ASSESS Expands its Mission
Simulation industry initiative provides updates on market conditions, use cases, and begins work on simulation for autonomous systems.
April 10, 2023
Members of the ASSESS Initiative gathered in Atlanta in March for the first ASSESS Congress to be held since the group formally became part of NAFEMS. At the event, members discussed the current state of simulation adoption, listened to presentations from leading end users and vendors, and evaluated new opportunities for the technology.
In his opening remarks, Joe Walsh, director of ASSESS and founder of IntrinSIM, laid out some of the current conditions in the simulation space. According to data from Cambashi, the CAE market reached $8.8 billion in 2021, and experienced a growth rate of 7.1% going into 2022. Market growth for 2023 is projected at 12%. (The lower rate of growth in 2022 was attributed to the COVID-19 pandemic and economic instability.)
“Demand for simulation is still growing,” Walsh said. “We are at the verge of an inflection point. There is plenty of demand for simulation, but what is stopping us reaching that inflection point is implementation requires expertise that isn't available.”
Because there aren't enough simulation experts available to fill those roles, the market has to rethink how it can adjust the required level of expertise. Attendees and speakers also discussed some of the barriers to adoption, including current software licensing structures that can be a barrier for smaller and mid-sized companies.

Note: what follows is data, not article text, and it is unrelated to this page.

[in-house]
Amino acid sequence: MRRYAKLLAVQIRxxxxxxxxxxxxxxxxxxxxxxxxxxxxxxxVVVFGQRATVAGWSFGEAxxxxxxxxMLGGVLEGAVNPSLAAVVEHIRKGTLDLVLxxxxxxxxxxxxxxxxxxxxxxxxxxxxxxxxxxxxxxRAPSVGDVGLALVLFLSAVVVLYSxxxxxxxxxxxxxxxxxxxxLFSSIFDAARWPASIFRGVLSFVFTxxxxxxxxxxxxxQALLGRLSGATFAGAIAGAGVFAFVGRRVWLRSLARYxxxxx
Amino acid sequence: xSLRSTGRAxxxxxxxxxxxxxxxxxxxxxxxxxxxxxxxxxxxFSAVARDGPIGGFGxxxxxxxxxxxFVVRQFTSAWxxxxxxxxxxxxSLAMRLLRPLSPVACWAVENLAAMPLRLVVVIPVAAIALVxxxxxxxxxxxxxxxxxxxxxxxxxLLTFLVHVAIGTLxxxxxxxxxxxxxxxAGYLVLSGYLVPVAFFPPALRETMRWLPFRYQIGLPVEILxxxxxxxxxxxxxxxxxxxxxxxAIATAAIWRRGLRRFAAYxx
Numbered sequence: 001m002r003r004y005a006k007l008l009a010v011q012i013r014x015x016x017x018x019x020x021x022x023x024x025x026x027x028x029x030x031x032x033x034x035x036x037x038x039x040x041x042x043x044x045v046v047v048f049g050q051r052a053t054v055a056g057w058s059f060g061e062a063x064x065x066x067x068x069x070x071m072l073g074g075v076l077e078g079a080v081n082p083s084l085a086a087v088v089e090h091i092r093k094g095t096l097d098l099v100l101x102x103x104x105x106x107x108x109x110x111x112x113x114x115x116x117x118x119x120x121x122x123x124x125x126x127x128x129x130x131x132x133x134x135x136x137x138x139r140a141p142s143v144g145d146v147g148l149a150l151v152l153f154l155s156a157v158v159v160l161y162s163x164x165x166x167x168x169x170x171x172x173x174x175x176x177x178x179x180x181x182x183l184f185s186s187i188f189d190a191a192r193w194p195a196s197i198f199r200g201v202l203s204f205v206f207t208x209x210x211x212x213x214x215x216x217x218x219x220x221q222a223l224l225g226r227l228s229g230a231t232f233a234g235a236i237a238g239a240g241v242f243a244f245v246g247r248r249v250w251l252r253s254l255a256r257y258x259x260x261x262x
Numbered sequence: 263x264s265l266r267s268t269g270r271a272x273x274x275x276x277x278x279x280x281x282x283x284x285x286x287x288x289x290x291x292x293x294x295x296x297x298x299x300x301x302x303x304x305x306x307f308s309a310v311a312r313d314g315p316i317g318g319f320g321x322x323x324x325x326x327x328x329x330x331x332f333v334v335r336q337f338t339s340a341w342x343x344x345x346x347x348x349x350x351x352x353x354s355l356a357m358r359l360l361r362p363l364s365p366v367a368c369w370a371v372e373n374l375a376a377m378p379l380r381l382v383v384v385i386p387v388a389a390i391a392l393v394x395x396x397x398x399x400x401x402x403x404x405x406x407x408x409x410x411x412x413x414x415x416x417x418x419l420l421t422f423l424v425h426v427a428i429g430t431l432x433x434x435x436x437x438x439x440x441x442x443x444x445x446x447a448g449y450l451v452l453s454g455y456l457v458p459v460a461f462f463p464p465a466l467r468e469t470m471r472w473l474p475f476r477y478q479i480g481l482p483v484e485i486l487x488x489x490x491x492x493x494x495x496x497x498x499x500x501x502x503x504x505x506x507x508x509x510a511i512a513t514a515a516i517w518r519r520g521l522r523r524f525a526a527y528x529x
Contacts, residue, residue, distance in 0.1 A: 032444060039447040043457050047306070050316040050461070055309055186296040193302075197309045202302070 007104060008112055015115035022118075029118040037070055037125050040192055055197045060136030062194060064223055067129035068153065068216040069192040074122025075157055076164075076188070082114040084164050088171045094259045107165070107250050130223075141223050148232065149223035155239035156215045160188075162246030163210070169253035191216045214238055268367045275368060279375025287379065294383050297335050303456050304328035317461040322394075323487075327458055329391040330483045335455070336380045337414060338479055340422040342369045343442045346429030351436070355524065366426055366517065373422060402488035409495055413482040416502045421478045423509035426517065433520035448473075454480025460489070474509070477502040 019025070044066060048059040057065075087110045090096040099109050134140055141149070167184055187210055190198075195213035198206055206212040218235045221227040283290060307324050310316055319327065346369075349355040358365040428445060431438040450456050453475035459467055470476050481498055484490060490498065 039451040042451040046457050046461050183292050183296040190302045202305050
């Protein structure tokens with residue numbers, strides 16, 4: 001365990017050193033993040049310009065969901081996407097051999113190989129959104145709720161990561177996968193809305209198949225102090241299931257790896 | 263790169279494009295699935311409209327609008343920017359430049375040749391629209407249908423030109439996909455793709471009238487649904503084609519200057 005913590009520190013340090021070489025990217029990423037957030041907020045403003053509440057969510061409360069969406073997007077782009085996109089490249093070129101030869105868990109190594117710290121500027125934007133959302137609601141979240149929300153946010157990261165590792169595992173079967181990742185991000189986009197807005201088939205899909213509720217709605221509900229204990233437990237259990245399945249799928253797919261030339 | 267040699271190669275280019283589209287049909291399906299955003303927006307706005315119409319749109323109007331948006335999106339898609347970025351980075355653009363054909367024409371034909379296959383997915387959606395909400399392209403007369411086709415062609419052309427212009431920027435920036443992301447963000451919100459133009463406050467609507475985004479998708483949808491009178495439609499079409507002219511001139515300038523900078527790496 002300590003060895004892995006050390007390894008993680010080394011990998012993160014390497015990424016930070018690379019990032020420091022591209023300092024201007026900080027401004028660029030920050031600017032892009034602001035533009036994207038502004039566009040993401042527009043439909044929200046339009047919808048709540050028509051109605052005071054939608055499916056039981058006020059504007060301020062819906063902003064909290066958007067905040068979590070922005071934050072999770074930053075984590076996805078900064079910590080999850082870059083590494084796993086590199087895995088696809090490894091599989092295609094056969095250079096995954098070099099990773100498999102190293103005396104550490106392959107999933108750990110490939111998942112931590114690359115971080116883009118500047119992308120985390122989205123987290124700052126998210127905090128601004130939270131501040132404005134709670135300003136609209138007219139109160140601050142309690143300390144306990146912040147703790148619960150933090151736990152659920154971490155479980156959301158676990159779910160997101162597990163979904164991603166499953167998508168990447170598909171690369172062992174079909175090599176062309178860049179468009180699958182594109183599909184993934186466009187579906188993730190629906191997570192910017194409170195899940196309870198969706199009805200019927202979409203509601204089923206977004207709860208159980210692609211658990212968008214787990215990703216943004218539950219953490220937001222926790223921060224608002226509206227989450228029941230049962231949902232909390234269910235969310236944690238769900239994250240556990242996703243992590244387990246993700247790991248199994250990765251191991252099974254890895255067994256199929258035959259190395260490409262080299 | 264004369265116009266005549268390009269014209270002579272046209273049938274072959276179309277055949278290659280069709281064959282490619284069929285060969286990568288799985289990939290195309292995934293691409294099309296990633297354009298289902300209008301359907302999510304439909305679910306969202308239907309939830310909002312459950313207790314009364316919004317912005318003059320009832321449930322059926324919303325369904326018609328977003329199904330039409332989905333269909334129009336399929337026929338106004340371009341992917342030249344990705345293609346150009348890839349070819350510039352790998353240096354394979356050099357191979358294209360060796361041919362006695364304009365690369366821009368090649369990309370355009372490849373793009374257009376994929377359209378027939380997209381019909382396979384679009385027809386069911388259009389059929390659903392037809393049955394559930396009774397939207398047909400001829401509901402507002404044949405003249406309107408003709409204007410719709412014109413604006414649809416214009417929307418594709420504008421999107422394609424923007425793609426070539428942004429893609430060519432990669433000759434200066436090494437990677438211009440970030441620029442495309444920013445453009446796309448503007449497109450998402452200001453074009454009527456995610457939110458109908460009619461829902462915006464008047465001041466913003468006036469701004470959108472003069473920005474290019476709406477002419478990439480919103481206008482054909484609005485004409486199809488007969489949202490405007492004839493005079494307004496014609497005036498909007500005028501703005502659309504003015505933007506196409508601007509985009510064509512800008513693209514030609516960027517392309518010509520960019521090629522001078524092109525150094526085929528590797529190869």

Presentations at the conference included a look at how model-based systems engineering (MBSE) can be leveraged in a collaborative way, the need for abundant and affordable compute power and storage for computational engineering, and the importance of context in managing the resultant engineering data. Attendees also learned about the need for coupling commercial simulation tools with specialized research codes in novel applications like simulating nuclear fusion.
Presenters also touched on the possibility of leveraging easier-to-use simulation tools and processes to train more stakeholders about products and processes – and then establish a new engineering culture within manufacturing.
Walsh provided an update on the Unified Model Characteristics for Engineering Simulation (UMC4ES) project. UMC4ES is meant to standardize metadata across the entire range of engineering systems models. While focused primarily on standardizing the vocabulary of modeling, it could serve as the basis for future standards that could improve interoperability across tools.
“This is an attempt to define a comprehensive set of model characteristics of interest for the complete range of engineering simulation models that can be used across all approaches for implementing engineering simulation in all applications,” Walsh said. “Once we have that, then we can start sharing things.”
After that update, Dr. Olivia Pinon-Fischer of the Aerospace Systems Design Laboratory (ASDL)’s Digital Engineering Division, led a presentation on the implementation of UMC4ES at ASDL.
ASSESS also began work on a new theme at this year's conference. The ASSESS Initiative is organized around several themes, with committees assigned to develop working papers and other assets around them. Previously, there were seven themes – Align, Business, Credibility, Democratization, Generative Design, Integration and Digital Twins.
This year, the group launched initial discussions around the theme of Autonomy. Two discussion sessions hammered out some general definitions about what autonomy means, and the different ways that simulation plays a role in developing these systems. ASSESS will eventually appoint a committee to the theme and determine what types of work the group can do to encourage the expanded use of simulation in these applications.
ASSESS members will meet again at the NAFEMS World Congress, and hold a workshop on May 18 to present reports on the work done at the Atlanta meeting.
You can learn more at the ASSESS website: www.nafems.org/community/assess/.